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In this study, direct numerical simulation of the dispersion and motion of inertial particles in a spatially developing compressible turbulent boundary layer at a Mach number of 2 is performed with the Eulerian–Lagrangian point particle method. Two cases are simulated with different particle diameters (Stokes number) but identical inflow particle numbers. Statistical characteristics and preferential accumulation of particles in the very-near-wall and wake regions are systematically investigated through conditional sampling and mechanism analysis. The results reveal that particle streaks are formed in low-speed regions near the wall because of the influence of dominating ejection events. After normalization with the local minimum particle number density, the particle number density profile reveals a self-similar feature at different streamwise positions. Compared with small particles, large particles are more significantly influenced by turbophoresis and demonstrate stronger preferential accumulation; thus, more large particles are clustered in the near-wall regions and the deviation between the mean velocities of the particle and the fluid increases. With the wall effect, both large and small particles are selectively accumulated in high-vorticity regions in the buffer layer in contrast to turbulence without walls. In comparison with incompressible wall-bounded turbulence, a new mechanism for particle preferential accumulation based on local fluid density is discovered. Large particles are located in low-density regions in the inner zones and high-density regions in the outer zones. Nevertheless, small particles remain located in regions with low fluid density, as illustrated by the mechanism analysis of particle dilatation.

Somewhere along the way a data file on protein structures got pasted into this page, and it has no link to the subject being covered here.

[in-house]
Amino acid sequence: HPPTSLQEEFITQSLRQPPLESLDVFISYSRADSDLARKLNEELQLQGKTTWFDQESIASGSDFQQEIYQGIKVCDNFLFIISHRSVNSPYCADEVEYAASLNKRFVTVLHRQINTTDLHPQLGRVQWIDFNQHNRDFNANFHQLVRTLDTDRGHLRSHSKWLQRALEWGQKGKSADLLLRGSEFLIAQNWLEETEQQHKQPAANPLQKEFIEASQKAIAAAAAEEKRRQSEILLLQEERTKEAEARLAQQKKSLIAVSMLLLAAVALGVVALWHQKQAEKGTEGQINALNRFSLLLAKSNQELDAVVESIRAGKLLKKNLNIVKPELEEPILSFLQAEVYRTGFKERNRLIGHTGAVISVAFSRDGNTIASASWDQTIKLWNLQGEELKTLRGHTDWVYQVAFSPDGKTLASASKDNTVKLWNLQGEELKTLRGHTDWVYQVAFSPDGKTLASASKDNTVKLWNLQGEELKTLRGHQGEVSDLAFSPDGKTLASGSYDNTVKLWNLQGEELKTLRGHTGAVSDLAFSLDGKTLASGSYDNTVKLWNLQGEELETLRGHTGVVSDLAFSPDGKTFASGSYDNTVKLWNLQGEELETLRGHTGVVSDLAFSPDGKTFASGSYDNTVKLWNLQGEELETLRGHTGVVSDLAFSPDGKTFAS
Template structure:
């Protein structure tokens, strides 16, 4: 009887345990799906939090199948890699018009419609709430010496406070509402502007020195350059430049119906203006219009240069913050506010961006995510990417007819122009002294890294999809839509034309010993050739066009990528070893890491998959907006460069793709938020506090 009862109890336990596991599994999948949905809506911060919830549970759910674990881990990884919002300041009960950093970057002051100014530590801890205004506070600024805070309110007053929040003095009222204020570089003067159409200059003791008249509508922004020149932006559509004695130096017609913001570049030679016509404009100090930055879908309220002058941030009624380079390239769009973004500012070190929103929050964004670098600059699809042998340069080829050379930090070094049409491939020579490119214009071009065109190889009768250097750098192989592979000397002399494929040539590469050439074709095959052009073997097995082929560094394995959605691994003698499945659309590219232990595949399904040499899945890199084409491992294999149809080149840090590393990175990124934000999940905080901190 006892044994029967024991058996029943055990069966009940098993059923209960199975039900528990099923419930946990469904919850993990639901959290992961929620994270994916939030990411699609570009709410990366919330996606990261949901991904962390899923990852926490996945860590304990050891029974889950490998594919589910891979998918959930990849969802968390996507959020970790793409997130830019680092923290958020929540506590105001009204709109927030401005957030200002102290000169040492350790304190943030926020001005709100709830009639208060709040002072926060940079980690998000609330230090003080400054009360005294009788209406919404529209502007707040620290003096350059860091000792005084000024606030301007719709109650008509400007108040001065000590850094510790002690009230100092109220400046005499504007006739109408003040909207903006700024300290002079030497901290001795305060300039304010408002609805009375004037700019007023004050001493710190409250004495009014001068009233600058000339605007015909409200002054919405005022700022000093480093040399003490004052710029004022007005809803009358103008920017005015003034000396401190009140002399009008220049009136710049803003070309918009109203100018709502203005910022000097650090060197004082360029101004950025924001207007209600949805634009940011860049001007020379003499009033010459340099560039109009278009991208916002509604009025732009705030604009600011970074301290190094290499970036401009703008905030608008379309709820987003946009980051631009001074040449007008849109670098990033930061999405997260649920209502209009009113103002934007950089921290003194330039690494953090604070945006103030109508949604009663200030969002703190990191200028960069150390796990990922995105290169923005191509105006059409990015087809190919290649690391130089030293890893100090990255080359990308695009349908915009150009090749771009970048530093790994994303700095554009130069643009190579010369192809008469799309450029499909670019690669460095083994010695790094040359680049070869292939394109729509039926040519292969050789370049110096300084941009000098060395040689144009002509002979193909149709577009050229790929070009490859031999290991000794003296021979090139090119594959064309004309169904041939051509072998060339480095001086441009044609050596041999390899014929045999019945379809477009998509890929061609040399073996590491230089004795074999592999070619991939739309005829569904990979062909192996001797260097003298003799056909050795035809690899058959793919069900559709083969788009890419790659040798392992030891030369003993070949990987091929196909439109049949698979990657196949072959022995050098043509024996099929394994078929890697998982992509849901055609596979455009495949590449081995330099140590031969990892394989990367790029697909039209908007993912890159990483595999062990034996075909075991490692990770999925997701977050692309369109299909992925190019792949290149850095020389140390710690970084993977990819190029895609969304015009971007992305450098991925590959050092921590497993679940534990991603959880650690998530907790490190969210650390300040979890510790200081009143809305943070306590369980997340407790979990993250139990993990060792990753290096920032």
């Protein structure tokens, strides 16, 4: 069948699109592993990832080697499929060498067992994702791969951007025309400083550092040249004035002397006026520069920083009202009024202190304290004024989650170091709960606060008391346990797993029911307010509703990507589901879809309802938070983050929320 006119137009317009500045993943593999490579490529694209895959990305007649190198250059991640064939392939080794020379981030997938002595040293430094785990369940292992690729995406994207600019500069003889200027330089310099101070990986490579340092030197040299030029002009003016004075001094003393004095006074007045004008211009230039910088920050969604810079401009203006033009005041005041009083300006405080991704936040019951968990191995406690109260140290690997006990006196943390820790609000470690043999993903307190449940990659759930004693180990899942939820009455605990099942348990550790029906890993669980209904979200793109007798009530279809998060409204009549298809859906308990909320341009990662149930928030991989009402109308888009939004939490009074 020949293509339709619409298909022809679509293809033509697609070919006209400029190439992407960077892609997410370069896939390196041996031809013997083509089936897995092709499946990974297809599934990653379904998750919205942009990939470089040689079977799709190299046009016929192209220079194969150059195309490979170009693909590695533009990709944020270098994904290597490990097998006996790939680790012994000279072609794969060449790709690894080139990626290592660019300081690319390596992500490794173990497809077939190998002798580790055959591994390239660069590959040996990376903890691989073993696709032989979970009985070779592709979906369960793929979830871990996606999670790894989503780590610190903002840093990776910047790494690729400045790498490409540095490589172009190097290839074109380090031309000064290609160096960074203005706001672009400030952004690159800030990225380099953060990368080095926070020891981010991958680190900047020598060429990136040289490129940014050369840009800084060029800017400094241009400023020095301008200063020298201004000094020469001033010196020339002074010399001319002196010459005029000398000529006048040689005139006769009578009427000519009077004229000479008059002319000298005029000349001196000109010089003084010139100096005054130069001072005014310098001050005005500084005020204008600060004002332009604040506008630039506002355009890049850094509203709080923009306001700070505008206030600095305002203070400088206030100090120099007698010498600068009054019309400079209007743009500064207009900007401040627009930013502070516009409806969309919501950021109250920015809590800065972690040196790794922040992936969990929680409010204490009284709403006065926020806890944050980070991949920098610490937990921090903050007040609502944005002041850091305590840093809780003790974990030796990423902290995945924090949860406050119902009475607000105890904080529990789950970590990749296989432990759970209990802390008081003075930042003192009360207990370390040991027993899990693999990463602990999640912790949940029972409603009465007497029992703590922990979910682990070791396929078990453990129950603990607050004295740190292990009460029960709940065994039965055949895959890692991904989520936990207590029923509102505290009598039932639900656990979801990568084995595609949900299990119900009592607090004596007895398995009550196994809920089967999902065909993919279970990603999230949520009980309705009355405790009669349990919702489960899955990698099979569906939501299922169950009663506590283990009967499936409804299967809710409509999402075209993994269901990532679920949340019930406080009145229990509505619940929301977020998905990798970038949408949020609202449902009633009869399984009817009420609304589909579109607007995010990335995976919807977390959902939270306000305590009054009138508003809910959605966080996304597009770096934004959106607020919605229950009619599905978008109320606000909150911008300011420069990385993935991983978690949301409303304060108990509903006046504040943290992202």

Direct numerical simulations of particle-laden flows in a spatially developing turbulent thermal boundary layer over an isothermally heated wall have been performed with realistic fully developed turbulent inflow boundary conditions. To the authors’ best knowledge, this is the first time the effects of inertial solid particles on turbulent flow and heat transfer in a flat-plate turbulent boundary layer have been investigated, using a two-way coupled Eulerian–Lagrangian method. Results indicate that the presence of particles increases the mean streamwise velocity and temperature gradients of the fluid in the near-wall region. As a result, the skin-friction drag and heat transfer are significantly enhanced in the particle-laden flows with respect to the single-phase flow. The near-wall sweep and ejection motions are suppressed by the particles and hence the Reynolds shear stress and wall-normal turbulent heat flux are attenuated, which leads to reductions in the production of the turbulent kinetic energy and temperature fluctuations. In addition, the coherence and spacing of the near-wall velocity and temperature streaky structures are distinctly increased, while the turbulent vortical structures appear to be disorganized under the effect of the particles. Moreover, the intensity of the streamwise vortices decreases monotonically with increasing particle inertia.
In this paper, a systematic investigation of turbulence modulation by particles and its underlying physical mechanisms in decaying compressible isotropic turbulence is performed by using direct numerical simulations with the Eulerian–Lagrangian point-source approach. Particles interact with turbulence through two-way coupling and the initial turbulent Mach number is 1.2. Five simulations with different particle diameters (or initial Stokes numbers,